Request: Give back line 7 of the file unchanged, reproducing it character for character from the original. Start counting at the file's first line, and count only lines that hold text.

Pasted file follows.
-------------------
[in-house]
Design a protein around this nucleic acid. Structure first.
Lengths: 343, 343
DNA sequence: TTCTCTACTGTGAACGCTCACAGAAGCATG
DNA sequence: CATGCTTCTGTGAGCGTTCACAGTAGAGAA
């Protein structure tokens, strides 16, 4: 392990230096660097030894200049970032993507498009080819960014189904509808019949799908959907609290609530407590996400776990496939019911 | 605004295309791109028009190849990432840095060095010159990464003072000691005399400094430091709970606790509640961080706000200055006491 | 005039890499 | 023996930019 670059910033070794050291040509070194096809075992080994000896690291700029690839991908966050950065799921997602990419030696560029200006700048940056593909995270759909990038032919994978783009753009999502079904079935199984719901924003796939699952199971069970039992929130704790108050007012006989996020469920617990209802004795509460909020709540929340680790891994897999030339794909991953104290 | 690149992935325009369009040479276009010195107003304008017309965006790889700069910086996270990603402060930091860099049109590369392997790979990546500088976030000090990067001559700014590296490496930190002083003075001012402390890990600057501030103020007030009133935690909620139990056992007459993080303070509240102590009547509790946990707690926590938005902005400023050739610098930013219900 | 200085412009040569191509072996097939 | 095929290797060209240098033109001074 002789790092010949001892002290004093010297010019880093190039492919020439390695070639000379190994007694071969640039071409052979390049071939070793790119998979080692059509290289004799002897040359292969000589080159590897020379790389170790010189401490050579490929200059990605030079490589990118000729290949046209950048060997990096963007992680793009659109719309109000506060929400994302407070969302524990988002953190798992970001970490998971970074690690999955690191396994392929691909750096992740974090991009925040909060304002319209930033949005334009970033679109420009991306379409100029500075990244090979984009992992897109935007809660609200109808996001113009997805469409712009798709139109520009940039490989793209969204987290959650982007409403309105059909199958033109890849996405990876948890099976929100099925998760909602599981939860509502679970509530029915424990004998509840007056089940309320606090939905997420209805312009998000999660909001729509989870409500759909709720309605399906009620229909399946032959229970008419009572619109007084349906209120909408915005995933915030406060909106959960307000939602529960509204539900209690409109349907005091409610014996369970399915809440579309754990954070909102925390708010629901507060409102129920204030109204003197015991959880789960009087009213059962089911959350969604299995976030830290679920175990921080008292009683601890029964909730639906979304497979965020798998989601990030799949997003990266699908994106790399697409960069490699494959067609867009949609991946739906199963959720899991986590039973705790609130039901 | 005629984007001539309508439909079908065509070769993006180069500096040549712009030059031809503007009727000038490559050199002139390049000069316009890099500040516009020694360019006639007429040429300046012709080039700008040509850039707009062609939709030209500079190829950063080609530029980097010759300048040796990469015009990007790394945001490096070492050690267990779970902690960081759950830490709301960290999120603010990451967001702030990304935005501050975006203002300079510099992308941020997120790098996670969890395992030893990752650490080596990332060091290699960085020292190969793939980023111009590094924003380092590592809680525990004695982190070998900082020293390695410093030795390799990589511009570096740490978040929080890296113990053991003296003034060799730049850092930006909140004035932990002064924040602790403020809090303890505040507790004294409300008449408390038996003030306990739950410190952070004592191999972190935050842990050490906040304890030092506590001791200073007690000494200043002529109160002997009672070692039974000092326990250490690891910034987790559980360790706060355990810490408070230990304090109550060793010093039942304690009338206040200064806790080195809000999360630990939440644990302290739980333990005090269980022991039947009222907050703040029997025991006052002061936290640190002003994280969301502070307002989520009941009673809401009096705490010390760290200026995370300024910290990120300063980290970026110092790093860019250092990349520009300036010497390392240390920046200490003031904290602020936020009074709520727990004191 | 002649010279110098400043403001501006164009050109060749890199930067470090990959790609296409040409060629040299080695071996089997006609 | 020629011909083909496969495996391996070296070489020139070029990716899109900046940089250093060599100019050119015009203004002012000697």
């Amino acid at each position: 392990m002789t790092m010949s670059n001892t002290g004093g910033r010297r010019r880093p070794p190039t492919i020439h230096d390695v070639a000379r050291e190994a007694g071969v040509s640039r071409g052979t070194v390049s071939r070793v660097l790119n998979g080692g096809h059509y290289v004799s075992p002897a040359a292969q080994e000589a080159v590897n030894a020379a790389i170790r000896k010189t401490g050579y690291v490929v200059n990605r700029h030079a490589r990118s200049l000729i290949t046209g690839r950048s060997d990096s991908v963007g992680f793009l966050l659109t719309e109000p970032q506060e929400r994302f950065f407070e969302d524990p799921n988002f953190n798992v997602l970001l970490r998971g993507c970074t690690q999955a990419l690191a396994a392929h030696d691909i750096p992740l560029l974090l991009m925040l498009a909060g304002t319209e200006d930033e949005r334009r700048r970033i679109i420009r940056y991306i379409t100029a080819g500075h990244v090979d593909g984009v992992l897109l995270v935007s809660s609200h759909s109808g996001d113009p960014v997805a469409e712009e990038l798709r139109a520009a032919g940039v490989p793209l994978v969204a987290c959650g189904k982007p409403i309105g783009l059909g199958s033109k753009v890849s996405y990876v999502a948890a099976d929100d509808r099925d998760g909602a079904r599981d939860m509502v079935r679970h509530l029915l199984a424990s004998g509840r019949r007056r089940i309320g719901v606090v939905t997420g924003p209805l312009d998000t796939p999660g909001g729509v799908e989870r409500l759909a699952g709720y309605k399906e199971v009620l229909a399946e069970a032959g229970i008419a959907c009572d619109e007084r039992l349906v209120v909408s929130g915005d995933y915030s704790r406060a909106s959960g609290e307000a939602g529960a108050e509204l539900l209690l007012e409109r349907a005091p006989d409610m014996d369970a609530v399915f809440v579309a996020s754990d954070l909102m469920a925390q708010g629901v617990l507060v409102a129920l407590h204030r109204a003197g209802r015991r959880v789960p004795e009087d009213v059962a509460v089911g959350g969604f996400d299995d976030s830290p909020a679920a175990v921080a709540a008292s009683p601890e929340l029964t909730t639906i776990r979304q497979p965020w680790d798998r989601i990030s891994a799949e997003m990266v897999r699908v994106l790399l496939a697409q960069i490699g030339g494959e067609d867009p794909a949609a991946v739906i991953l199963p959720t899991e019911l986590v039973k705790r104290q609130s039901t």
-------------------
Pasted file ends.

């Amino acid at each position: 392990m002789t790092m010949s670059n001892t002290g004093g910033r010297r010019r880093p070794p190039t492919i020439h230096d390695v070639a000379r050291e190994a007694g071969v040509s640039r071409g052979t070194v390049s071939r070793v660097l790119n998979g080692g096809h059509y290289v004799s075992p002897a040359a292969q080994e000589a080159v590897n030894a020379a790389i170790r000896k010189t401490g050579y690291v490929v200059n990605r700029h030079a490589r990118s200049l000729i290949t046209g690839r950048s060997d990096s991908v963007g992680f793009l966050l659109t719309e109000p970032q506060e929400r994302f950065f407070e969302d524990p799921n988002f953190n798992v997602l970001l970490r998971g993507c970074t690690q999955a990419l690191a396994a392929h030696d691909i750096p992740l560029l974090l991009m925040l498009a909060g304002t319209e200006d930033e949005r334009r700048r970033i679109i420009r940056y991306i379409t100029a080819g500075h990244v090979d593909g984009v992992l897109l995270v935007s809660s609200h759909s109808g996001d113009p960014v997805a469409e712009e990038l798709r139109a520009a032919g940039v490989p793209l994978v969204a987290c959650g189904k982007p409403i309105g783009l059909g199958s033109k753009v890849s996405y990876v999502a948890a099976d929100d509808r099925d998760g909602a079904r599981d939860m509502v079935r679970h509530l029915l199984a424990s004998g509840r019949r007056r089940i309320g719901v606090v939905t997420g924003p209805l312009d998000t796939p999660g909001g729509v799908e989870r409500l759909a699952g709720y309605k399906e199971v009620l229909a399946e069970a032959g229970i008419a959907c009572d619109e007084r039992l349906v209120v909408s929130g915005d995933y915030s704790r406060a909106s959960g609290e307000a939602g529960a108050e509204l539900l209690l007012e409109r349907a005091p006989d409610m014996d369970a609530v399915f809440v579309a996020s754990d954070l909102m469920a925390q708010g629901v617990l507060v409102a129920l407590h204030r109204a003197g209802r015991r959880v789960p004795e009087d009213v059962a509460v089911g959350g969604f996400d299995d976030s830290p909020a679920a175990v921080a709540a008292s009683p601890e929340l029964t909730t639906i776990r979304q497979p965020w680790d798998r989601i990030s891994a799949e997003m990266v897999r699908v994106l790399l496939a697409q960069i490699g030339g494959e067609d867009p794909a949609a991946v739906i991953l199963p959720t899991e019911l986590v039973k705790r104290q609130s039901t």